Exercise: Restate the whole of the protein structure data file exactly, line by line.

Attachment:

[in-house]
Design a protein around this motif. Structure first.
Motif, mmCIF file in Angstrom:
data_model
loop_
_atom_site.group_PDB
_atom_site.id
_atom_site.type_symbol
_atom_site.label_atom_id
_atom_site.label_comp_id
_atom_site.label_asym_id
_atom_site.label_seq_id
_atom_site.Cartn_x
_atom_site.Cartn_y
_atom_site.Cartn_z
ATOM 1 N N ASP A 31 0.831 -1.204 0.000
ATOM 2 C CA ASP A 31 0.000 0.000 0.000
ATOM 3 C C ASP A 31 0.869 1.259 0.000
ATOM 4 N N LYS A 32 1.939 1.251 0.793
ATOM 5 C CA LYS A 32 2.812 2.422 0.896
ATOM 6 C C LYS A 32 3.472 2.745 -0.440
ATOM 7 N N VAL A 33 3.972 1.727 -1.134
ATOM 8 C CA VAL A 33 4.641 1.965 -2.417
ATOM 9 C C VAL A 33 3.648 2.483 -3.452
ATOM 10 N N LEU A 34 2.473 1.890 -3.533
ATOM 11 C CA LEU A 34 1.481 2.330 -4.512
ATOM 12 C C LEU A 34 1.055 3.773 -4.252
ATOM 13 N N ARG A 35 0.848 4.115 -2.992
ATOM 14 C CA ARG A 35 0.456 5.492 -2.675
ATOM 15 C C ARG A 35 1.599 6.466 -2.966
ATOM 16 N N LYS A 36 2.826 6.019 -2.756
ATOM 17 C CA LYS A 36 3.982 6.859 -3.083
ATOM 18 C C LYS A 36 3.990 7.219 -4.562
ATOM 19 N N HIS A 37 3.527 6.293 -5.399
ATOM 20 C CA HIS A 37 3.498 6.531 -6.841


[in-house]
Design a protein around this motif. Structure first.
Motif, mmCIF file in Angstrom:
data_model
loop_
_atom_site.group_PDB
_atom_site.id
_atom_site.type_symbol
_atom_site.label_atom_id
_atom_site.label_comp_id
_atom_site.label_asym_id
_atom_site.label_seq_id
_atom_site.Cartn_x
_atom_site.Cartn_y
_atom_site.Cartn_z
ATOM 1 N N ASP A 31 0.831 -1.204 0.000
ATOM 2 C CA ASP A 31 0.000 0.000 0.000
ATOM 3 C C ASP A 31 0.869 1.259 0.000
ATOM 4 N N LYS A 32 1.939 1.251 0.793
ATOM 5 C CA LYS A 32 2.812 2.422 0.896
ATOM 6 C C LYS A 32 3.472 2.745 -0.440
ATOM 7 N N VAL A 33 3.972 1.727 -1.134
ATOM 8 C CA VAL A 33 4.641 1.965 -2.417
ATOM 9 C C VAL A 33 3.648 2.483 -3.452
ATOM 10 N N LEU A 34 2.473 1.890 -3.533
ATOM 11 C CA LEU A 34 1.481 2.330 -4.512
ATOM 12 C C LEU A 34 1.055 3.773 -4.252
ATOM 13 N N ARG A 35 0.848 4.115 -2.992
ATOM 14 C CA ARG A 35 0.456 5.492 -2.675
ATOM 15 C C ARG A 35 1.599 6.466 -2.966
ATOM 16 N N LYS A 36 2.826 6.019 -2.756
ATOM 17 C CA LYS A 36 3.982 6.859 -3.083
ATOM 18 C C LYS A 36 3.990 7.219 -4.562
ATOM 19 N N HIS A 37 3.527 6.293 -5.399
ATOM 20 C CA HIS A 37 3.498 6.531 -6.841